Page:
Institutional members access full text with Ovid®

Share this article on:

Update on Fatty Liver Disease and Steatohepatitis

Aly, Fatima Zahra MD, PhD; Kleiner, David E. MD, PhD

Advances in Anatomic Pathology: July 2011 - Volume 18 - Issue 4 - p 294–300
doi: 10.1097/PAP.0b013e318220f59b
Review Articles

Non-alcoholic fatty liver disease (NAFLD) is a broad term that includes liver diseases characterized by abnormal hepatocellular accumulations of lipid that cannot be related to alcohol abuse. It may be found in both adults and children, particularly those who are obese or have insulin resistance. Steatohepatitis is a specific pattern of injury within the spectrum of NAFLD and this pattern is associated with fibrotic progression and cirrhosis. In addition to steatohepatitis, a distinct form of fibrotic fatty liver disease exists in children. There have been a number of recent advances in the characterization of histologic changes in NAFLD. In light of these recent reports, this study will: (1) review the histologic features of steatosis and nonalcoholic steatohepatitis in adults; (2) review the variation of histologic patterns of pediatric fatty liver disease; and (3) discuss the validity and use of the nonalcoholic fatty liver disease Activity Score.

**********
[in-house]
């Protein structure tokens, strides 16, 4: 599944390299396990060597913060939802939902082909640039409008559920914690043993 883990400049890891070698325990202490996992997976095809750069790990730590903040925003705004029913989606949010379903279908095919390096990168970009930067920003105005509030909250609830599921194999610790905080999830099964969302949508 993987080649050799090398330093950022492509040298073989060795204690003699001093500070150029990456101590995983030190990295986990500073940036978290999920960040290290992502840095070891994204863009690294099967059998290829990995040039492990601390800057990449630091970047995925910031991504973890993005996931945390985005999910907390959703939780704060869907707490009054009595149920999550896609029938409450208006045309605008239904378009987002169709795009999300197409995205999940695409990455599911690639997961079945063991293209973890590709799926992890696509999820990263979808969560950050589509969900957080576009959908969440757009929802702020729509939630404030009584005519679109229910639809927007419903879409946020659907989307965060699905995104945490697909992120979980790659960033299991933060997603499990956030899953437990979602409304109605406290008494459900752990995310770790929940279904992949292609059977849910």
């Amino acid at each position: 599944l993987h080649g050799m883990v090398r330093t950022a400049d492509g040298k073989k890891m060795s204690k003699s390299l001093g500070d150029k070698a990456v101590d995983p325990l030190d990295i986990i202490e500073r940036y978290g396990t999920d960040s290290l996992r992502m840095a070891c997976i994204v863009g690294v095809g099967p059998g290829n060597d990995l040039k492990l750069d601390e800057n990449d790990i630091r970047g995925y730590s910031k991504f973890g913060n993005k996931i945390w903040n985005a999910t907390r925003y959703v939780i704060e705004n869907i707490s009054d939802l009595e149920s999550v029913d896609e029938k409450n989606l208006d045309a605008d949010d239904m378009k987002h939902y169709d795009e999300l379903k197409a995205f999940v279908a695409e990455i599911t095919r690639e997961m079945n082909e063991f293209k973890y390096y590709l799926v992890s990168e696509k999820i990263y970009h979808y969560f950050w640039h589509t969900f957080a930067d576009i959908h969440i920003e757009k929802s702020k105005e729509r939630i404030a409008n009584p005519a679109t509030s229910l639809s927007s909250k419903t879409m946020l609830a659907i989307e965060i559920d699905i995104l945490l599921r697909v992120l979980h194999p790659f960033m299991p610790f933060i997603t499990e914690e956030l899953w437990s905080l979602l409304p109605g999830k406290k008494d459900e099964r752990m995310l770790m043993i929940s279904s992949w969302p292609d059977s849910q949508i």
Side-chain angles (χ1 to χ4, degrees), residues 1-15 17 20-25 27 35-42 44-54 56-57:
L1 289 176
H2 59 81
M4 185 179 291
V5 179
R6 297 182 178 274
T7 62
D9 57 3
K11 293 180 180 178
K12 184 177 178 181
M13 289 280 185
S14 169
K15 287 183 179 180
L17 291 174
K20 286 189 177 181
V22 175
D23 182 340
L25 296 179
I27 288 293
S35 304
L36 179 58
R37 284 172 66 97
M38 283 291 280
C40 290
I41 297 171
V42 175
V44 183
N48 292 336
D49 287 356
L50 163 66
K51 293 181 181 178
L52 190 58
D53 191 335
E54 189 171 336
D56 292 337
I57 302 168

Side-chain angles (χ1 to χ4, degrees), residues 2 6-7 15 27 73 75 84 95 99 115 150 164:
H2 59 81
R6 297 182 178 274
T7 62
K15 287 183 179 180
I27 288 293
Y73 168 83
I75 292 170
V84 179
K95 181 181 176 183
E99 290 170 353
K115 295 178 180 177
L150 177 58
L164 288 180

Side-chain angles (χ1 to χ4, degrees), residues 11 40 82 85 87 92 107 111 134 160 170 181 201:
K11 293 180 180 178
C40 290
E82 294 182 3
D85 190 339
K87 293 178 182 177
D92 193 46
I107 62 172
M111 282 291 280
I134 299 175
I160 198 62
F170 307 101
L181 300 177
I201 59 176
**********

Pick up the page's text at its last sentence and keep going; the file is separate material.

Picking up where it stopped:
Laboratory of Pathology, National Cancer Institute, National Institutes of Health, Bethesda, MD

Supported by the Intramural Research Program of the NIH, National Cancer Institute.

The authors declare no conflict of interest.

Reprints: David E. Kleiner, MD, PhD, Laboratory of Pathology, National Cancer Institute, National Institutes of Health, Bethesda, MD 20892 (e-mail: kleinerd@mail.nih.gov).

© 2011 Lippincott Williams & Wilkins, Inc.